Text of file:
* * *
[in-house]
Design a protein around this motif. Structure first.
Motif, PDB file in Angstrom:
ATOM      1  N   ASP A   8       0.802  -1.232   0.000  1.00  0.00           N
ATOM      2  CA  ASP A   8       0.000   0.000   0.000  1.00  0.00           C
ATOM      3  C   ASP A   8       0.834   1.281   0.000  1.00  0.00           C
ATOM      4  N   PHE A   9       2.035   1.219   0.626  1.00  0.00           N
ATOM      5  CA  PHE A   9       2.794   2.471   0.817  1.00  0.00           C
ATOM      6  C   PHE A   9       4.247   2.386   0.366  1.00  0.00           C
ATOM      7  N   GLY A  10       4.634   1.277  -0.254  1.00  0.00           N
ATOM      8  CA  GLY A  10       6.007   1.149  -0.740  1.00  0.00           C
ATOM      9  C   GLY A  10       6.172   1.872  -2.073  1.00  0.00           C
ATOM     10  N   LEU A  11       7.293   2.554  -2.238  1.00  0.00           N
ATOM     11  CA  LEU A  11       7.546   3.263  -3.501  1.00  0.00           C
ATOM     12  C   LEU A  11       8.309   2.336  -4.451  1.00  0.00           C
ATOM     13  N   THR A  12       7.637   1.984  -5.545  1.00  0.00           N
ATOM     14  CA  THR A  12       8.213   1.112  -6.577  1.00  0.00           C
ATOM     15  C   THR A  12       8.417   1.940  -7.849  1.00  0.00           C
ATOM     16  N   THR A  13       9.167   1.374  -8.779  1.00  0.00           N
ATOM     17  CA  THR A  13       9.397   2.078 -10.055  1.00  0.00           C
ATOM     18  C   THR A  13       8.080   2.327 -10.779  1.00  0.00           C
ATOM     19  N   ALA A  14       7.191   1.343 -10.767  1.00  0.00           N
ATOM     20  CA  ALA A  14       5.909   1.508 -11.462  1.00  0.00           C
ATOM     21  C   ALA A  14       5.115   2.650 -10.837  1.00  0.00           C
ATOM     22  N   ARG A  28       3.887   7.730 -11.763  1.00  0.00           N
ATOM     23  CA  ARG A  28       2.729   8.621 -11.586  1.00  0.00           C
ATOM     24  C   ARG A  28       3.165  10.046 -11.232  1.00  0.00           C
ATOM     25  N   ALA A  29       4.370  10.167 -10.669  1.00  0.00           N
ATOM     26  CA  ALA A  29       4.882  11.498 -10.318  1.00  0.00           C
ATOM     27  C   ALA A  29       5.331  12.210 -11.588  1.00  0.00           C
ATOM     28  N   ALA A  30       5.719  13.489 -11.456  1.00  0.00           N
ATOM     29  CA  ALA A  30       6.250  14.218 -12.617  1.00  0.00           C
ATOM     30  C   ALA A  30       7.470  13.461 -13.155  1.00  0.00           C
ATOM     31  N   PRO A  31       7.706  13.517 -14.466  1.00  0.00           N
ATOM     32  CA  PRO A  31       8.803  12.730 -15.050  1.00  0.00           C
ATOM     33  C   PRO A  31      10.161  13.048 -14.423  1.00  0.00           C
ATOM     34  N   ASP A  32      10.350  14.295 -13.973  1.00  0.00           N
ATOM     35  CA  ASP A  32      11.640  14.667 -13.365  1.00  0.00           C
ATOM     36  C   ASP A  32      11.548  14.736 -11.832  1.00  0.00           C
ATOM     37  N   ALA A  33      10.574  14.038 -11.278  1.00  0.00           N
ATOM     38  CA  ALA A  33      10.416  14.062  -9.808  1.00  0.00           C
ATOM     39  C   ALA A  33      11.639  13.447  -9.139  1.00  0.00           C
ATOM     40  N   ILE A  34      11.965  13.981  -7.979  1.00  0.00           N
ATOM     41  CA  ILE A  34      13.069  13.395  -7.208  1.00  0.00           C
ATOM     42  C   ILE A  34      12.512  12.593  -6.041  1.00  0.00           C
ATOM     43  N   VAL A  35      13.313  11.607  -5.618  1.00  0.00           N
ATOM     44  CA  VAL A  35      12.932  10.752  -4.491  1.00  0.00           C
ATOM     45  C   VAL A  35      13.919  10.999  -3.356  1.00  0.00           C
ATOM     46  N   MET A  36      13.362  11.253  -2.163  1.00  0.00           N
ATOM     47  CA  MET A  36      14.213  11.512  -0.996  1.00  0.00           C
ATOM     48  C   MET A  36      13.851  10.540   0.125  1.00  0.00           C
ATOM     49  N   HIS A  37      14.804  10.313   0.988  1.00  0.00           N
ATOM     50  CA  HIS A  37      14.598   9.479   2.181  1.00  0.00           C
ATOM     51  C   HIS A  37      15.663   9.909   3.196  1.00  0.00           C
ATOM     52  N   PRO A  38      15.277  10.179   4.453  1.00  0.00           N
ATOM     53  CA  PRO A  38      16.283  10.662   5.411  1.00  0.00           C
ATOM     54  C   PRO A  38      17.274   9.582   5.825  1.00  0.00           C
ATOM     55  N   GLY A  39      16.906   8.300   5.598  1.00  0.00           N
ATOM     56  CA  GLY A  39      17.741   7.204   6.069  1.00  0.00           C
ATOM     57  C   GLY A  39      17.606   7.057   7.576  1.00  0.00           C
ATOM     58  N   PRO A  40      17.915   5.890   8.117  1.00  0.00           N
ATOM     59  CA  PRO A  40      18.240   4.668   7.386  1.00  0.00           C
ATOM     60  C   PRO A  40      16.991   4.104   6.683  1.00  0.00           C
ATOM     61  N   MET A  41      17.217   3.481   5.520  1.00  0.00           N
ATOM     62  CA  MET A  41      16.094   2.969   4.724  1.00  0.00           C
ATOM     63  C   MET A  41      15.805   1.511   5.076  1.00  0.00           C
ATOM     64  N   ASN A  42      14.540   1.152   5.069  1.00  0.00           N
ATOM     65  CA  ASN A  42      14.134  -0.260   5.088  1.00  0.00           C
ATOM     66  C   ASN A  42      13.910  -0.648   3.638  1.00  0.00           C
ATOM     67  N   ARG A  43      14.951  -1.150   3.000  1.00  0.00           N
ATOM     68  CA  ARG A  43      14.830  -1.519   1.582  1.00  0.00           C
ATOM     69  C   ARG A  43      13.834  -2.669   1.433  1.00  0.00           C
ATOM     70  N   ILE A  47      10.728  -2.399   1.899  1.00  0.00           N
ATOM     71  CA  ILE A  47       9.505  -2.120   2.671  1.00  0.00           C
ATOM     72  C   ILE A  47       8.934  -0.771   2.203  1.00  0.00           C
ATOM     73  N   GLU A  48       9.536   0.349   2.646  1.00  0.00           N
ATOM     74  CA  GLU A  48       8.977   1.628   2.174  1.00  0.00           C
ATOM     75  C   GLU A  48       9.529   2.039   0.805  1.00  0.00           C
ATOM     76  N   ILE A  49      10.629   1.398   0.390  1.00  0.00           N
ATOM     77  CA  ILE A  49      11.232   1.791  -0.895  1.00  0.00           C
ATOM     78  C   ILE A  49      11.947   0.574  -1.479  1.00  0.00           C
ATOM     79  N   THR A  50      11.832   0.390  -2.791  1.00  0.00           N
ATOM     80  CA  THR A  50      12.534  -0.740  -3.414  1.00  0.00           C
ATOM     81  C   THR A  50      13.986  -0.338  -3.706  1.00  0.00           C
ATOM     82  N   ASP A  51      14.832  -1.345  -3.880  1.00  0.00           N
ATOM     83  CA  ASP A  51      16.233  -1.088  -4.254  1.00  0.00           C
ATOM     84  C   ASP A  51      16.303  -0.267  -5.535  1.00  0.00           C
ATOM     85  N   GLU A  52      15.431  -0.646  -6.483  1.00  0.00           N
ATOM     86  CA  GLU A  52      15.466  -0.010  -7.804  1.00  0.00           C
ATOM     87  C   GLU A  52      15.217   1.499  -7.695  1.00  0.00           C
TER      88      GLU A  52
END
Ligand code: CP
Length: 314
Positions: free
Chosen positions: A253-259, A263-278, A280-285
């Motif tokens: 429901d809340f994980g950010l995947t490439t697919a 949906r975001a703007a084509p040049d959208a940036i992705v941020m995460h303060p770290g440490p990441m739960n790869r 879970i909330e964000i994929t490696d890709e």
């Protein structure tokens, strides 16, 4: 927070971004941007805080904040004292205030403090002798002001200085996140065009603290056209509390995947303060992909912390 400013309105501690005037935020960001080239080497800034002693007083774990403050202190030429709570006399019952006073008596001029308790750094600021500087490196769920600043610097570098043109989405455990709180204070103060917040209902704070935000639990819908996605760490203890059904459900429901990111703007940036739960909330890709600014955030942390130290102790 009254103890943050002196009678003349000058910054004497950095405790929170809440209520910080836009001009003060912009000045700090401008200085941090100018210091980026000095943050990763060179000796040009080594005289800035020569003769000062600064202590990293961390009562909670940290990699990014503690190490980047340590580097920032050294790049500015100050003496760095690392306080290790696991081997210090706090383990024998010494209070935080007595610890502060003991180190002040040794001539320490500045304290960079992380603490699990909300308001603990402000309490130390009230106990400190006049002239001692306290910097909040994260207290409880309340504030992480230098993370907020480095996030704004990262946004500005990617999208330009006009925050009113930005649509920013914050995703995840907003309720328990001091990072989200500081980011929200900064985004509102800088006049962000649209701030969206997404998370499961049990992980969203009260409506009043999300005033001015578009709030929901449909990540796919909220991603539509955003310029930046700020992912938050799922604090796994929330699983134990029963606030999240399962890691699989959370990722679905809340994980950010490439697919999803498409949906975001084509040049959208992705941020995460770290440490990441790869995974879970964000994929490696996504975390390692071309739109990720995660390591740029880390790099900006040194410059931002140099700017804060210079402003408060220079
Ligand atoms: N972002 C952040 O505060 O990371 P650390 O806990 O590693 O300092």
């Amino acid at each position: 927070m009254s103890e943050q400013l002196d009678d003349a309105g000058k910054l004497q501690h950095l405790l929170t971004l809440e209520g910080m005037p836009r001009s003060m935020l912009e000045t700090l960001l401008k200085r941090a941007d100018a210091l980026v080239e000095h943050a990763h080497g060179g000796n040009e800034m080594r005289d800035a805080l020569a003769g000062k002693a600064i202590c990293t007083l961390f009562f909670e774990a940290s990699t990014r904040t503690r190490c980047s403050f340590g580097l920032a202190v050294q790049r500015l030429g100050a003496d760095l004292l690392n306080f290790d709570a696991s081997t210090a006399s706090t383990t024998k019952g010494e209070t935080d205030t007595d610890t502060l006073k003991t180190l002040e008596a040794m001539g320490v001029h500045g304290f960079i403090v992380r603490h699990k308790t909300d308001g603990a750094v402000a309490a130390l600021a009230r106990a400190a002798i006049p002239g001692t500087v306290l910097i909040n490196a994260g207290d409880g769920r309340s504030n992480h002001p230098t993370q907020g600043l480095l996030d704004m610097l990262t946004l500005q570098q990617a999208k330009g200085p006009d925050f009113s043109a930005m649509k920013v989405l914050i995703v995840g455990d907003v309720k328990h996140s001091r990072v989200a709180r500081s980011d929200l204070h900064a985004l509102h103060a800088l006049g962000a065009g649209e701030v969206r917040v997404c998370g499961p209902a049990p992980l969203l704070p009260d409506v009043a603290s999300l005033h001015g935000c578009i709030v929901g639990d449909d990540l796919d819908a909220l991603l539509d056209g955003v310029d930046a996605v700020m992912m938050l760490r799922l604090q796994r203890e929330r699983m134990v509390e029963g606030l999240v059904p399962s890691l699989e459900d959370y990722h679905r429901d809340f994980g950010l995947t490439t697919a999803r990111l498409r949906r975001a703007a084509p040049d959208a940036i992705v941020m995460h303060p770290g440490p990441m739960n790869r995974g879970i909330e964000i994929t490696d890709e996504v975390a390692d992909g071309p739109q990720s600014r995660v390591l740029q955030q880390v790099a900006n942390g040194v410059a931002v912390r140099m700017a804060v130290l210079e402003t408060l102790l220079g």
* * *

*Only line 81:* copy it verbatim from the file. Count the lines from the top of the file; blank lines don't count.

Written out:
ATOM     78  C   ILE A  49      11.947   0.574  -1.479  1.00  0.00           C